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Sgurr na Feartaig

Corbett

Quick Facts
This is the height of the mountain above sea level. However, on the climb, it is the ascent that matters, i.e. the sum of all the uphill parts of the route.
Altitude
862 m (2828 ft)

This is the standard notation used on Ordnance Survey Landranger maps.

Each reference consists of two letters identifying a 100,000 metre square block then three digits defining the Easting and finally the three digits defining the Northing with reference to the South West corner of the block.

NN166712 is the grid reference for the summit of Ben Nevis. Where you are given the map number ( For Ben Nevis = 41) it is acceptable to omit the two initial letters e.g. 166712. (Instructions on how to read the references are given on the OS maps).

Grid Ref.
NH05474540
An indication of this mountains height rank within its class. Where two mountains share the same height they are ordered alphabetically.
Stature
76 of 222 Corbetts
The number of ascent routes currently available on Munromagic.
Routes
1
Mountain names are usually in Gaelic, the native language of the Scottish Highlands, or have been derived from the old Scots and Norse languages. We give the most commonly accepted meaning, but accept that some of these are disputed.
Meaning
Peak of thrift (sea-pink)
 

The UK is covered by 204 Ordnance Survey Landranger 1:50,000 scale maps. Maps numbered 1 to 86 cover Scotland but for the highest mountains (Munros) only 23 maps are required. The name given roughly describes the area covered by the map.

You can click on the map name to purchase the map for £6.29 including postage which is one of the cheapest prices we have found.

OS Landranger Maps Required
  25   Glen Carron & Glen Affric
Only £6.29  (£13.49 Laminated) from  

A description of the characteristics of the mountain including any hazards of which you should be aware.

 Description
Sgurr na Feartaig and Beinn Tharsuinn (Corbett) are two mountains of almost identical height sitting either side of Bealach Bhearnais and therefore can be climbed together.

The OS map shows Sgurr na Feartaig to be a narrow rocky ridge forming the northern slopes of Bealach Bhearnais, but to the N of the summit lies a broad plateau on which lies Loch Sgurr na Feartaig indicating that the name applies to the whole mountain mass.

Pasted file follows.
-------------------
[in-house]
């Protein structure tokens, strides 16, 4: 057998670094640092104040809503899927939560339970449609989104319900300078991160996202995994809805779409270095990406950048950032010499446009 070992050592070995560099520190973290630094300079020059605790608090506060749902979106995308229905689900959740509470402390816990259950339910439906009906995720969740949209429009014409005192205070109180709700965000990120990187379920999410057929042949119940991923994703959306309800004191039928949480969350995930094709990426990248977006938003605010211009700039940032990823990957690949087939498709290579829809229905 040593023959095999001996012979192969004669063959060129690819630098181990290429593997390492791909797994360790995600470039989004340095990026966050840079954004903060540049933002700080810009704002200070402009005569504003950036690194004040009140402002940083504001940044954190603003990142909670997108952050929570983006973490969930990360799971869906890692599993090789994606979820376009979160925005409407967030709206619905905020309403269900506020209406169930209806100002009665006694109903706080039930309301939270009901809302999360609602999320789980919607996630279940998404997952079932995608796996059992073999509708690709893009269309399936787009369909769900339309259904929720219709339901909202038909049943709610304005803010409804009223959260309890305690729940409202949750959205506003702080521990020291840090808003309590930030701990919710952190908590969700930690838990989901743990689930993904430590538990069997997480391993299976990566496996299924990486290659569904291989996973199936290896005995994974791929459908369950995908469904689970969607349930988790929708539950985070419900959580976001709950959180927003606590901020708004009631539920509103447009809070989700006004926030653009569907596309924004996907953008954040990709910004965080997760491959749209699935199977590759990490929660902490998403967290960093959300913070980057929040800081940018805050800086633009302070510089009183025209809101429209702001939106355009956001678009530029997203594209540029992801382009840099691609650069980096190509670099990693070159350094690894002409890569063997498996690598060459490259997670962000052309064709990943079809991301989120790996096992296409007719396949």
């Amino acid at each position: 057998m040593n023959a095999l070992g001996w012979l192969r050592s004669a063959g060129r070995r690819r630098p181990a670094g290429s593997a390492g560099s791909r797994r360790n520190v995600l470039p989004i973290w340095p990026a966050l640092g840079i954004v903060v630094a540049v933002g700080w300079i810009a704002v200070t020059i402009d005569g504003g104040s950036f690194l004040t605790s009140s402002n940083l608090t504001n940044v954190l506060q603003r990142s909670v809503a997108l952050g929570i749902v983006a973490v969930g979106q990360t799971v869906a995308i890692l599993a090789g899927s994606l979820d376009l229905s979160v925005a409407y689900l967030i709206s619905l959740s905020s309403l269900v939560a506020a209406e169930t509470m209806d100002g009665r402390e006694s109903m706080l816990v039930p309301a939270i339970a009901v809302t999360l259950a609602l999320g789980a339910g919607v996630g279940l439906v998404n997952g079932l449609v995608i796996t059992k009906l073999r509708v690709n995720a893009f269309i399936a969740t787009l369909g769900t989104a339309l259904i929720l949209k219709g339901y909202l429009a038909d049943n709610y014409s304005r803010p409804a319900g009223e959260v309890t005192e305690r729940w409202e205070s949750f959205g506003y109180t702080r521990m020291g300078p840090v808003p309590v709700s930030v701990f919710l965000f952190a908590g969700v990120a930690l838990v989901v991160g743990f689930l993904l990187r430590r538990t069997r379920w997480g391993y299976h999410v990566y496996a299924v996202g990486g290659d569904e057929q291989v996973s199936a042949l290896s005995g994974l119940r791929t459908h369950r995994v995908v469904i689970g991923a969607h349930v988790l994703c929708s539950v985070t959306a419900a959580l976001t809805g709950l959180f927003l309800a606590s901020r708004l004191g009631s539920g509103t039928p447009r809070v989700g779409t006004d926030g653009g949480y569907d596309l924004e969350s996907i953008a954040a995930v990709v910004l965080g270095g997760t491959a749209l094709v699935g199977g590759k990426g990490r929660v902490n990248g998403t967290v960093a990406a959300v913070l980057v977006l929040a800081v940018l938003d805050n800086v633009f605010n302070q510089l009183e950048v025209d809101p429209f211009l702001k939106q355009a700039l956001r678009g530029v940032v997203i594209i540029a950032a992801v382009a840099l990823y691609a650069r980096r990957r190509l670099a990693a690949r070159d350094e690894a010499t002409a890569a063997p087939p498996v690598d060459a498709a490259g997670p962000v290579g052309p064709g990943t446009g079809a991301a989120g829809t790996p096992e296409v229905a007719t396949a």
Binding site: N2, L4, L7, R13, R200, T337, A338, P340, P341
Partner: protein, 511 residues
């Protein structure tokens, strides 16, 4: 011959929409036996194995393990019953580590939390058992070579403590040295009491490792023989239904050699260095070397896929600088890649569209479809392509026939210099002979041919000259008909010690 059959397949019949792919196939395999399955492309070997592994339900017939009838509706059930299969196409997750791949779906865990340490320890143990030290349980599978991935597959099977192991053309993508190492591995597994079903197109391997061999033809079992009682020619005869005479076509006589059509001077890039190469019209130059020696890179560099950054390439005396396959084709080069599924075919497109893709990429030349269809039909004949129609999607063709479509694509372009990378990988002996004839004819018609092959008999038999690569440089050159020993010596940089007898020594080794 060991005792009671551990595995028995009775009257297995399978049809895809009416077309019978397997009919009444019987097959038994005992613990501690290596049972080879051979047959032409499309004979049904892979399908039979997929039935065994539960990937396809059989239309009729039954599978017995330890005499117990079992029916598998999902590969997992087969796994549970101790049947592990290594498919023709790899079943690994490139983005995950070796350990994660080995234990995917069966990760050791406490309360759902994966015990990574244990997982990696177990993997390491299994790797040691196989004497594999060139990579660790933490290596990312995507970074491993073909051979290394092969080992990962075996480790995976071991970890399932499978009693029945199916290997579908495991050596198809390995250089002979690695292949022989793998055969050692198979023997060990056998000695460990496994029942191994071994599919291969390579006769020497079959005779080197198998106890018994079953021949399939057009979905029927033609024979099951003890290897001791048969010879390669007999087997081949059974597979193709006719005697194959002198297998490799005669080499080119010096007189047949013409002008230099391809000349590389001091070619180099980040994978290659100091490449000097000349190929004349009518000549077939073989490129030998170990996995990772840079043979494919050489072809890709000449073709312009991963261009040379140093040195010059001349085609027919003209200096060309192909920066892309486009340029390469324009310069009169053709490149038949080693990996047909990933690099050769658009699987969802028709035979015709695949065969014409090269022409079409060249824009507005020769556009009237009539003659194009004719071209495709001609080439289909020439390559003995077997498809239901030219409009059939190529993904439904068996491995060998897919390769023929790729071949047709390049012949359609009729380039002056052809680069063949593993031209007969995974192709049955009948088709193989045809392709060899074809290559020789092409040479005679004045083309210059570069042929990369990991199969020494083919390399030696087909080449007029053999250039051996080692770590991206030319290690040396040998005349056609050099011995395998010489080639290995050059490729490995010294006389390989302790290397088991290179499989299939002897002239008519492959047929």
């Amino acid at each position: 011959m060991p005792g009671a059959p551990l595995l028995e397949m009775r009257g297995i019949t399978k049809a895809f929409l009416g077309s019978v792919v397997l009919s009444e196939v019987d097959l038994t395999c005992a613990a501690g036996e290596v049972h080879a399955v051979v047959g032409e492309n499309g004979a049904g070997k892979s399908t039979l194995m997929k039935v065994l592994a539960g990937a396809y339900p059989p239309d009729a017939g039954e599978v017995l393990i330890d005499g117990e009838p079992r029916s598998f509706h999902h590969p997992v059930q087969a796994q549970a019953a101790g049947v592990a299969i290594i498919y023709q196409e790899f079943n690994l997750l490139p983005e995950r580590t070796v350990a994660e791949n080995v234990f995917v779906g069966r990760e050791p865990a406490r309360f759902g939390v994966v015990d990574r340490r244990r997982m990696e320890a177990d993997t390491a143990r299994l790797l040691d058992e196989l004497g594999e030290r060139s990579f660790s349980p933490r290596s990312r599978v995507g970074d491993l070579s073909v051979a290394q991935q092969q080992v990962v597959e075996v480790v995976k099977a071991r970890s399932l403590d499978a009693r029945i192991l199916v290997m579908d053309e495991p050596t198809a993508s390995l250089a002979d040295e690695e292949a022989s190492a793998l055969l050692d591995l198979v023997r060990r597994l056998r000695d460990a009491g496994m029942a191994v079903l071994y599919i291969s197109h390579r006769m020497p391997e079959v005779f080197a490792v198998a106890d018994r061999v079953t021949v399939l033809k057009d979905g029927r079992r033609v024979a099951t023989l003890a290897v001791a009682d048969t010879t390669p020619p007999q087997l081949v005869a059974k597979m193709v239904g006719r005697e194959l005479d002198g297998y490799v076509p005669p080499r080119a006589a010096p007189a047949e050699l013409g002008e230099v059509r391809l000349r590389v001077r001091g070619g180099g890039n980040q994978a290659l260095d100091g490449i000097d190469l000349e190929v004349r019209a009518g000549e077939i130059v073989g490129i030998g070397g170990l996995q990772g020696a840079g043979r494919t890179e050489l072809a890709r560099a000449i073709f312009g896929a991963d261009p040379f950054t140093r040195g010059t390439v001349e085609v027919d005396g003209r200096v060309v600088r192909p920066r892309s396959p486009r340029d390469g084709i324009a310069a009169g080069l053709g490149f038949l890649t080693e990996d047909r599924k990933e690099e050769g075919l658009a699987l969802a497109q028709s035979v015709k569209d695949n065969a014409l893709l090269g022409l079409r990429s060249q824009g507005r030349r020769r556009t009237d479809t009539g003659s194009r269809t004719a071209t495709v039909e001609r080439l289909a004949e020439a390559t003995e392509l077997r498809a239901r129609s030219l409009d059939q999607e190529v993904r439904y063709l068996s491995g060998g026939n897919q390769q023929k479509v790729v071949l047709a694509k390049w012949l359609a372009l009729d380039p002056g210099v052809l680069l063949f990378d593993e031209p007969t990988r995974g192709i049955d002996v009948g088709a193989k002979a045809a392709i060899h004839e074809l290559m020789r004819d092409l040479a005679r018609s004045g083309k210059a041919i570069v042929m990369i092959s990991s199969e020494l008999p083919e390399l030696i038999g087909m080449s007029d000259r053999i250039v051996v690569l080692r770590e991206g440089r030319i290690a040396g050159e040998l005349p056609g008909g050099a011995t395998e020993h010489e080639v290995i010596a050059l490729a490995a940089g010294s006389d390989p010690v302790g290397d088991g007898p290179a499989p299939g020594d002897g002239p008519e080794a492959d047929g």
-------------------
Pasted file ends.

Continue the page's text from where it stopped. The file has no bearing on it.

The ascent of this mountain is easy and will logically be on the paths from W and NE that lead to the summit. The ascent from Bealach Bhearnais is steeper but not difficult.

Hazards you may encounter on Sgurr na Feartaig include
 High Plateau, summit may be difficult to locate.
 Crags within 1km of summit.
 
General Considerations
 Temperature decreases by 1degree C for every 100m of ascent.
 Wind usually increases with altitude.
 Visibility can change markedly with cloud level.
 River/Stream levels can increase markedly in one day.
Picture Gallery for Sgurr na Feartaig

A selection of weather forecasts local to #GetMountain.Top_Name#.

Ordnance Survey digital maps are also available to members.

 Weather & OS Maps
North West Highlands
by MWIS (PDF format)
West Highlands
by Met Office
Liathach
by Metcheck
Sgurr na Feartaig Area Map
Legend  Munro  Corbett  Graham  English/Welsh Top  Accommodation

A selection of local accommodation options who advertise with Munromagic.com.

 Where to Stay
Results by distance 'as the crow flies' from Sgurr na Feartaig
Please check the provision of roads in the area.
29.1 km
Woodlands (self-catering)
by Shiel Bridge, Inverness-shire
For information on camping visit
ScottishCamping.com who also produce
a map of scottish camp grounds.
A mobile base fo your next Munro?
Fantastic, heated, 2-4 berth campervans for hire
http://www.bigtreecampervans.com

The summary information of one or more ascent routes that include Sgurr na Feartaig.

Click on the route title to load the full content for that route.

 Routes that include Sgurr na Feartaig
  Ascent Distance Time Including... Description Rating
1 1315 m 18.38 km 6 hrs Beinn Tharsuinn [Monar] and Sgurr na Feartaig  This is a longer route over broad mountain tops to relatively remote mountains.  
 

Pictures submitted by members on the summit of Sgurr na Feartaig

 Baggers Gallery for Sgurr na Feartaig

me and Alba summit Sgurr na Feartaig 30/03/2014

© John Donnelly

Image by John Donnelly
 
The logging section stores any entries for Sgurr na Feartaig in your own log. From here you can
  1. Add a route log entry that includes this mountain
  2. Write a full account of your route including photos
  3. Edit an existing log entry including uploading a GPX file or add a photo
  4. Delete your log entry
 Logging
Your Route Log
You need to be a member to have a route log.
Recently Climbed By
Barry Cross on 13 Sep 2017
Roger Vander Steen on 18 May 2017
Oliver Bartrum on 17 May 2017
Douglas Robertson on 02 May 2017
Stephen Ferrie on 03 Mar 2017

If a member has uploaded a tracklog as part of their personal route log and opted to share it then it will be presented here.

You can view a members route overlayed on an online map or download the KMZ file for use in Google Earth.

 Shared Members Track Logs
 

Post a few words about Sgurr na Feartaig or read what others have had to say.

 Comments
 
Alex Bryce
wrote on
October 10, 2006
Wild camped on the summit of this mountain as a launchpad for an assault on Lurg Mhor, Chessecake etc... Great viewpoint of the surrounding hills and really worth the extra effort for the sunset panorama across the Coulin and Torridon peaks if you're planning on camping on the triple-col to the south.
 
 

A full written account of a climb submitted by our members.

You can prepare your own write up by first making an entry in your route log and then visiting the logging section above.

 Route Write-Ups
There are no Route Write-Ups submitted for Sgurr na Feartaig
 
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